Concerns about gastrointestinal safety of acetaminophen: Comment on the article by Rahme et al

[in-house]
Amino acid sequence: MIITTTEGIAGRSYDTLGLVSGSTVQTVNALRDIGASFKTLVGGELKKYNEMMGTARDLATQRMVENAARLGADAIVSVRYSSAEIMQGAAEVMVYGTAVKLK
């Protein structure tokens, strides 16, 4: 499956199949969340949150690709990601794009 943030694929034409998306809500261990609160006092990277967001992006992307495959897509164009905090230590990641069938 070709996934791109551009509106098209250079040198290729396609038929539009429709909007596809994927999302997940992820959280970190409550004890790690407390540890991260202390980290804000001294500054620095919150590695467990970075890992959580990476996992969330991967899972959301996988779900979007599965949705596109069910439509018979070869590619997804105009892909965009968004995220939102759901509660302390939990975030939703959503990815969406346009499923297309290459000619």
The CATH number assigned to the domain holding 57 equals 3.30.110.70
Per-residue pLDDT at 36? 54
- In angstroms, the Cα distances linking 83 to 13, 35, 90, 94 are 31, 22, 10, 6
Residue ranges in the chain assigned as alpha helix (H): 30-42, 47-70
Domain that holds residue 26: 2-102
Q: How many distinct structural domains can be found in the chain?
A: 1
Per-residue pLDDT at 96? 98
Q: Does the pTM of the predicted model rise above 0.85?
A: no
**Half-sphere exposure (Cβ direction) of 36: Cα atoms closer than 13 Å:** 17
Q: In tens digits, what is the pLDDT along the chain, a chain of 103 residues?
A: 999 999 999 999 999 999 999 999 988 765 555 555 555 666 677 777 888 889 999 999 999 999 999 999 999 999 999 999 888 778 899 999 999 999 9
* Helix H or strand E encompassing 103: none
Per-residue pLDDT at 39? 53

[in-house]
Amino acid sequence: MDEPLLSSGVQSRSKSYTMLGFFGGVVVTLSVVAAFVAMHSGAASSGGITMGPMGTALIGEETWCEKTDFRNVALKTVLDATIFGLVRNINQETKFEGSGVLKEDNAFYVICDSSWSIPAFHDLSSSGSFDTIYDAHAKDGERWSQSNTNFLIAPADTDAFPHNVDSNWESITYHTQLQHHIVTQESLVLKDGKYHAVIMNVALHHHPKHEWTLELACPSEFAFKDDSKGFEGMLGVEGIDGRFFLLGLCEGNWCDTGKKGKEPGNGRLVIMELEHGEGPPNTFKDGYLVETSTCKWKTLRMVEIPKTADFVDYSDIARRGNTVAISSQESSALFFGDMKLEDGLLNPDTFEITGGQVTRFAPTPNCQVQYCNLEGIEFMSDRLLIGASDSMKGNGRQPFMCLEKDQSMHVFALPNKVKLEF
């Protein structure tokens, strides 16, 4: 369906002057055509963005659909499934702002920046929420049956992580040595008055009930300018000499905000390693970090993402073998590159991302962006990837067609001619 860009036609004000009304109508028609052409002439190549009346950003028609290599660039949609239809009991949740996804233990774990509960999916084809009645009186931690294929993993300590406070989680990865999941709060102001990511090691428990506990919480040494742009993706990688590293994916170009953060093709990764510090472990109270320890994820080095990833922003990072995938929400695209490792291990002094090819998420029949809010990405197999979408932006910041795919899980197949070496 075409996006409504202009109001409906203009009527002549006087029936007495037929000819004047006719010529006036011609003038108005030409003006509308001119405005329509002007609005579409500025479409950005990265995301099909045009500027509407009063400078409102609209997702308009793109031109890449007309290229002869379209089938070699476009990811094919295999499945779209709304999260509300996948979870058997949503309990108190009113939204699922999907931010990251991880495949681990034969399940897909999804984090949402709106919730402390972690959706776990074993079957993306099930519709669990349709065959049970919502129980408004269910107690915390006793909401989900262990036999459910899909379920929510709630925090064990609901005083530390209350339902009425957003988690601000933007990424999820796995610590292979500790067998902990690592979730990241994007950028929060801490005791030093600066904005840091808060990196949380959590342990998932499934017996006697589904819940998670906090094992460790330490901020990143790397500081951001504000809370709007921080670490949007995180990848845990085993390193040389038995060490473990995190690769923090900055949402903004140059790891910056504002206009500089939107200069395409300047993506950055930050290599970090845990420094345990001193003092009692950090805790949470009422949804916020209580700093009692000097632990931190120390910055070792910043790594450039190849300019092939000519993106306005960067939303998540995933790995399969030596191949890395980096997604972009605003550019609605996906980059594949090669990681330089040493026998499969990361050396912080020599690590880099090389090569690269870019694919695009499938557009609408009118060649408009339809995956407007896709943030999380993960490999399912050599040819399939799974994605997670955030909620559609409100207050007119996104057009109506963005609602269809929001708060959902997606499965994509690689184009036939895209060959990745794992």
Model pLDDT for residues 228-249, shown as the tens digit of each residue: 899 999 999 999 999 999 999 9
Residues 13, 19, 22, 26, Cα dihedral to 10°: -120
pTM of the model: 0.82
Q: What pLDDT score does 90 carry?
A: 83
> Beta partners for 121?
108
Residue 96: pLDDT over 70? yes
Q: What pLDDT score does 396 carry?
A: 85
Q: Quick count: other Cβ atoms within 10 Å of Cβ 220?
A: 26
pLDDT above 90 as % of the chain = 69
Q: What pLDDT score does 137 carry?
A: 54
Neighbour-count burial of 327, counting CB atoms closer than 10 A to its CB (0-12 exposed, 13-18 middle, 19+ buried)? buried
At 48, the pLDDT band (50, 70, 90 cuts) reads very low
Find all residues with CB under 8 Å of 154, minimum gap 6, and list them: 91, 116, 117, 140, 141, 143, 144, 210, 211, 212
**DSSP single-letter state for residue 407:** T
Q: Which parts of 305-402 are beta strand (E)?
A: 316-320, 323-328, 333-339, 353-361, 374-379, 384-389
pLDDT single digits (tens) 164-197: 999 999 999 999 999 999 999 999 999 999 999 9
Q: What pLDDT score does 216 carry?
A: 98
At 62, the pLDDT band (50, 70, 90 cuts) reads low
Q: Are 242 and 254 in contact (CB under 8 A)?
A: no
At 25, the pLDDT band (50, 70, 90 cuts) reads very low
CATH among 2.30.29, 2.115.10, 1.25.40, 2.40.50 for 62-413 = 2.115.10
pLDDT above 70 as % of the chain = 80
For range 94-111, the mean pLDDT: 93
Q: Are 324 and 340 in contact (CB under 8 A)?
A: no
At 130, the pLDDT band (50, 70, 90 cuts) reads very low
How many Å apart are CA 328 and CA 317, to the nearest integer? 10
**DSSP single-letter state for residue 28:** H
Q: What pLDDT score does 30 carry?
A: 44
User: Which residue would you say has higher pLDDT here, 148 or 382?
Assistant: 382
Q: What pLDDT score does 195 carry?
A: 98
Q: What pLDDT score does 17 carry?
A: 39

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<ul><li><p>aspirin, Bufferin, paracetamol and placebo on normal humangastroduodenal mucosa. Gut 1982;23:6927.</p><p>5. Johnson PC, Driscoll T. Comparison of plain and buffered aspirinwith acetaminophen in regard to gastrointestinal bleeding. CurrTher Res 1981;30:7984.</p><p>6. Begaud B, Chaslerie A, Carne X, Bannwarth B, Laporte JR,Sorbette F, et al. Upper gastrointestinal bleeding associated withanalgesics and NSAID use: a case-control study [letter]. J Rheu-matol 1993;20:14434.</p><p>7. Laporte JR, Carne X, Vidal X, Moreno V, Juan J. Uppergastrointestinal bleeding in relation to previous use of analgesicsand nonsteroidal anti-inflammatory drugs. Lancet 1991;337:859.</p><p>8. Levy M, Miller DR, Kaufman DW, Siskind V, Schwingl P,Rosenberg L, et al. Major upper gastrointestinal tract bleeding:relation to the use of aspirin and other nonnarcotic analgesics.Arch Intern Med 1988;148:2815.</p><p>9. McIntosh JH, Fung CS, Berry G, Piper DW. Smoking, nonsteroi-dal anti-inflammatory drugs and acetaminophen in gastric ulcer: astudy of associations and the effects of previous diagnosis onexposure patterns. Am J Epidemiol 1988;128:76170.</p><p>10. Peura DA, Lanza FL, Gostout CJ, Foutch PG. The AmericanCollege of Gastroenterology Bleeding Registry: preliminary find-ings. Am J Gastroenterol 1997;92:9248.</p><p>DOI 10.1002/art.11153</p><p>Concerns about gastrointestinal safety ofacetaminophen: comment on the article by Rahmeet al</p><p>To the Editor:I read with interest the article by Rahme et al (1)</p><p>reporting the results of a retrospective cohort study thatexamined the rates of gastrointestinal (GI) adverse events inelderly patients with arthritis who were treated with acetamin-ophen or conventional nonsteroidal antiinflammatory drugs(NSAIDs). The rate of dyspepsia symptoms in the acetamin-ophen cohort appeared to be dose dependent (1). Thus,patients receiving a daily dose of acetaminophen exceeding2,600 mg were found to have rates of GI events comparablewith those observed in the NSAID cohort, even after adjust-ment for GI risk susceptibility (1).</p><p>I believe these findings conflict with those reported bythe same group in an earlier publication (2). Using the sameGovernment of Quebecs health insurance database, the au-thors obtained medical, pharmaceutical, and demographicrecords of persons ages 65 years and older who, between 1993and 1997, had either a nonselective NSAID or an acetamino-phen prescription dispensed. The patients were followed up for2 years. The adjusted risk of a GI adverse event for patients inthe NSAID cohort was more than twice that for patients in theacetaminophen cohort (odds ratio 2.48, 95% confidence inter-val [95% CI] 2.063.00). Accordingly, the mean direct cost ofGI events for a day of conventional NSAID therapy was $0.94(Canadian) (95% CI 0.281.65) in the NSAID cohort, com-pared with $0.10 (95% CI 0.060.12) for a day of acetamino-phen therapy in the acetaminophen cohort (2).</p><p>The main limitations of the study by Rahme et al (1)were defined in the excellent accompanying editorial (3). Iwould like to add that results of casecontrol studies may varyaccording to the data collection protocols used. A meta-ana-</p><p>lysis of individual patient data from 3 casecontrol studiesusing incident cases and information obtained by direct ques-tioning of all patients and controls showed that acetaminophenwas not associated with upper GI bleeding at any dosage (4). Incontrast, the authors of a nested casecontrol study usingcomputerized prescription data concluded that patients receiv-ing acetaminophen at daily doses greater than 2 gm had anincreased risk of upper GI bleeding or perforation similar tothat in patients receiving traditional NSAIDs (5). In fact, thenotion that acetaminophen exerts serious detrimental effectson the GI mucosa seems hard to accept, because millions ofpatients, including those at higher risk for GI events, have usedthis drug. It seems unlikely that such effects have beenoverlooked for several decades. Moreover, no data indicatethat acetaminophen inhibits cyclooxygenase 1 (COX-1) ingastric mucosa (3,6). Interestingly, a third distinct COX isoen-zyme, COX-3, which is a covariant of COX-1, was recentlyidentified in the central nervous system (6). Unlike COX-1 andCOX-2, COX-3 was shown to be inhibited by acetaminophenat concentrations achieved at therapeutic dosages (6). Thus,COX-3 could be the biologic target by which acetaminophenexerts its analgesic and possibly antipyretic properties (6).</p><p>Finally, I endorse the opinion expressed by Abramson(3), that the weight of the clinical evidence continues tosupport the superior overall GI safety profile of acetamino-phen compared with nonselective NSAIDs.</p><p>Bernard Bannwarth, MDUniversite Victor SegalenBordeaux, France</p><p>1. Rahme E, Pettitt D, LeLorier J. Determinants and sequelaeassociated with utilization of acetaminophen versus traditionalnonsteroidal antiinflammatory drugs in an elderly population. Ar-thritis Rheum 2002;46:304654.</p><p>2. Rahme E, Joseph L, Kong SX, Watson DJ, LeLorier J. Gastroin-testinal health care resource use and costs associated with nonste-roidal antiinflammatory drugs versus acetaminophen: retrospectivecohort study of an elderly population. Arthritis Rheum 2000;43:91724.</p><p>3. Abramson SB. Et tu, acetaminophen? Arthritis Rheum 2002;46:28315.</p><p>4. Lewis SC, Langman MJ, Laporte JR, Matthews JNS, Rawlins MD,Wiholm BE. Dose-response relationships between individual non-aspirin nonsteroidal anti-inflammatory drugs (NANSAIDs) andserious upper gastrointestinal bleeding: a meta-analysis based onindividual patient data. Br J Clin Pharmacol 2002;54:3206.</p><p>5. Garcia Rodriguez LA, Hernandez-Diaz S. Relative risk of uppergastrointestinal complications among users of acetaminophen andnonsteroidal anti-inflammatory drugs. Epidemiology 2001;12:5706.</p><p>6. Chandrasekharan NV, Dai H, Roos KL, Evanson NK, Tomsik J,Elton TS, et al. COX-3, a cyclooxygenase-1 variant inhibited byacetaminophen and other analgesic/antipyretic drugs: cloning,structure, and expression. Proc Natl Acad Sci U S A 2002;99:1392631.</p><p>DOI 10.1002/art.11175</p><p>Reply</p><p>To the Editor:In his letter, Cryer claims that our results are incorrect</p><p>for reasons of confounding by indication. Undeniably, indica-</p><p>LETTERS 2075</p></li></ul>